I was recently reading a favorite minimalist blog. You know, the kind that stresses simplifying one's life, something I wrote about recently. The blogger writes about her teaming up with another blogger to reduce her sugar intake, not a bad idea, considering the increasing occurrence of obesity and diabetes, even in children.
She mentions that she eats an apple a day as her primary sugar intake. If I remember things right, your sugar intake shouldn't exceed 36 grams daily. An apple, at 25 grams, almost gets you there. A medium banana nets you 14 grams.
This leads to a conundrum for me, to say the least. After all, most medical sources recommend five daily servings of fruit, which help assure proper fiber intake and promote digestive health. Assuming fruit is loaded with sugar, five helpings would suggest you'd be way over the max.
Out of curiosity, I checked the National Diabetes Association site and found they include fruit as a sugar source. While they encourage you to eat fruit, you have to trade off with your carb intake. Rather cumbersome, I'd say. By the way, I wasn't aware before of how carbohydrates contribute to your blood glucose. Cutting out sugar isn't as easy as it might appear. Seems you almost need to be a chemist. Just looking at the sugar content on a label doesn't suffice.
On the other hand, there are the well-respected holistic doctors such as Neil Barnard and Joel Fuhrman, who shun limits on intake of fresh fruits, though not fruit drinks. For them, the key is avoiding processed, or refined, foods. This includes refined carbohydrates. What about unrefined carbs such as brown rice? These are the good guys, the complex carbs, which haven't had their fiber stripped away.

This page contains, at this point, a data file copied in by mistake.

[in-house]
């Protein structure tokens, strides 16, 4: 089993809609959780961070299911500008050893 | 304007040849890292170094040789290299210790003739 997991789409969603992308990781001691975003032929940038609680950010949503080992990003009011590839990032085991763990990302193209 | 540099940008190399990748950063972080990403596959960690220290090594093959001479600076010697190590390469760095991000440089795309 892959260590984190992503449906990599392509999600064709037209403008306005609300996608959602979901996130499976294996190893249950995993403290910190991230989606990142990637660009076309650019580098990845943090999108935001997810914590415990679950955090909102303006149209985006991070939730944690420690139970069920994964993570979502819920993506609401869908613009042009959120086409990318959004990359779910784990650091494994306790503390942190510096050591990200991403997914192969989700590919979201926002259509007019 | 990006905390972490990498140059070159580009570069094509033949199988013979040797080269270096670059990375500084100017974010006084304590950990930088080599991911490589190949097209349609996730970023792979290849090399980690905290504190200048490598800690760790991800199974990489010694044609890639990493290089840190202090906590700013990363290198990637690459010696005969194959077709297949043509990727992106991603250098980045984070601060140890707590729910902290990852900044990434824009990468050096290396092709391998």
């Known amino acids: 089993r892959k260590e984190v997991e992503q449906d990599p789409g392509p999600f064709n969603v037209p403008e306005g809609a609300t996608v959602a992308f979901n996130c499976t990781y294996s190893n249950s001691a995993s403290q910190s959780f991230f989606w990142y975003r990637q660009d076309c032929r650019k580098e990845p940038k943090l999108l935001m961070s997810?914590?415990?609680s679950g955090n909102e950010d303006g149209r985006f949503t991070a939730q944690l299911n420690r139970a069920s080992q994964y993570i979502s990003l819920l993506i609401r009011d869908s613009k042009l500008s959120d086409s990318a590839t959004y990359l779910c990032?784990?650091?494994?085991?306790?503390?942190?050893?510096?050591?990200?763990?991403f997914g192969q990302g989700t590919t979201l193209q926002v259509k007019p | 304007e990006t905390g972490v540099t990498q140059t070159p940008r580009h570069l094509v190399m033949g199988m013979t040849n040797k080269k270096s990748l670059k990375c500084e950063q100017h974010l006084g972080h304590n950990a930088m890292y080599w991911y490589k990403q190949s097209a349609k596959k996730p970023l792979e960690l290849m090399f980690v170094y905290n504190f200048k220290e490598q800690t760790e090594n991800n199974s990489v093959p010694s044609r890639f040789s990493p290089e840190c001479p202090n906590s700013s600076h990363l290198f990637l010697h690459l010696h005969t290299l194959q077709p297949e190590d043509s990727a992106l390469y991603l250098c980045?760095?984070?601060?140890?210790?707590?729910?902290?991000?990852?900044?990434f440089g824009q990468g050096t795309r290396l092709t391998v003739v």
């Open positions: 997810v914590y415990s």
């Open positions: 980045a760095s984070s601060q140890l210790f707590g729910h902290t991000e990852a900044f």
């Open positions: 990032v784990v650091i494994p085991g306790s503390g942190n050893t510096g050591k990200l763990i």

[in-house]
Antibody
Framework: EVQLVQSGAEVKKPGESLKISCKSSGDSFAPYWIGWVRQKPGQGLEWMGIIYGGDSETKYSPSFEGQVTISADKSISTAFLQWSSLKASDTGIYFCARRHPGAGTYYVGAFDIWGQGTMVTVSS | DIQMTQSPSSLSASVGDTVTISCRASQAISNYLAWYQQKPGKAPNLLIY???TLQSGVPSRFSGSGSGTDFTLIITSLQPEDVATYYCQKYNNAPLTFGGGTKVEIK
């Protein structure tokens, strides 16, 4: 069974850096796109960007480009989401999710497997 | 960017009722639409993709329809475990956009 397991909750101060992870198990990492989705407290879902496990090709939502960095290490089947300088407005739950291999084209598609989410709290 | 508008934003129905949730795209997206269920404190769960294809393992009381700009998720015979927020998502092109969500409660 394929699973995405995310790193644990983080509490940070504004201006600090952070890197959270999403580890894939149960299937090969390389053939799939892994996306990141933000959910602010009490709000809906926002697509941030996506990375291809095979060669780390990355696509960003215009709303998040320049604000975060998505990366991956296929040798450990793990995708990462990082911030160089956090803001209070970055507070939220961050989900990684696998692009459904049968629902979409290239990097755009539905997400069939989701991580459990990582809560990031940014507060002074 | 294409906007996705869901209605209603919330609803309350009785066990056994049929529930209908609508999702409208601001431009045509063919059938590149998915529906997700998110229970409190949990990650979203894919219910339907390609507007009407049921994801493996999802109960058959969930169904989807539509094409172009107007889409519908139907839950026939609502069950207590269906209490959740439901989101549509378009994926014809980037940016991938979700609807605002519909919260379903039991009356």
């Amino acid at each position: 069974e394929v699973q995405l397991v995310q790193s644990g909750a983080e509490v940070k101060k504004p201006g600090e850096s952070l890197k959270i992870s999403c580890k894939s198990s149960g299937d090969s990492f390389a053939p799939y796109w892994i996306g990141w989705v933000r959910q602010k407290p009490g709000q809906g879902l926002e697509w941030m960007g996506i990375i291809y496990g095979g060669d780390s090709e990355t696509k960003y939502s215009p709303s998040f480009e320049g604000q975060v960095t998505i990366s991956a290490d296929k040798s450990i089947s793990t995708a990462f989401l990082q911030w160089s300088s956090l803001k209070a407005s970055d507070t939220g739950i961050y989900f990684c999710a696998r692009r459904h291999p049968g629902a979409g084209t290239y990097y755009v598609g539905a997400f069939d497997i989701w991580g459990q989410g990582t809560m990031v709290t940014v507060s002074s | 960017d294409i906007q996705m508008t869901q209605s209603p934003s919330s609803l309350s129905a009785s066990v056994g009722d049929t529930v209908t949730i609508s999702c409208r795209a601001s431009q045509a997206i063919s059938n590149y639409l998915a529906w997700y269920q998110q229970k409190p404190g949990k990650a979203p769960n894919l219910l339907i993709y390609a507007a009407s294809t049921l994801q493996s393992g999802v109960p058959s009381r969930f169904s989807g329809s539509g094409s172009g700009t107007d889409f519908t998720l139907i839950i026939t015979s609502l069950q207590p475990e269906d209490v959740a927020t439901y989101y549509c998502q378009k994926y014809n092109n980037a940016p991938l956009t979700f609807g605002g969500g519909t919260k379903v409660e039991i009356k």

Who's right? I side with Fuhrman and Barnard. Don't stress about carbs or fruit, unless you're diabetic. Focus on fruits, plant foods, and the good carbs like oatmeal, rye, multigrain and sourdough breads, brown rice, pasta, etc.
You can also select more wisely by using a glycemic index chart, available online. The GI indicates how quickly the food item converts to blood sugar. White potatoes, for example, have a high GI. Try a sweet potato instead. Back to the complex carbs. In general, they have lower GIs.
I've found medicine isn't an exact science. Abounding in contradiction and uninformed, even dangerous, practices, you always have to be wary. When it comes to sugar, say no to its common sources-- table sugar, cakes, pastries, sodas, etc. But then don't forget the carbs and fruit. Check their GI. Avocados, for example, have a very low GI.
We are what we eat. Better: We become what we eat. Did you know that 60 percent of our diseases come from what we eat?
Anybody for an apple?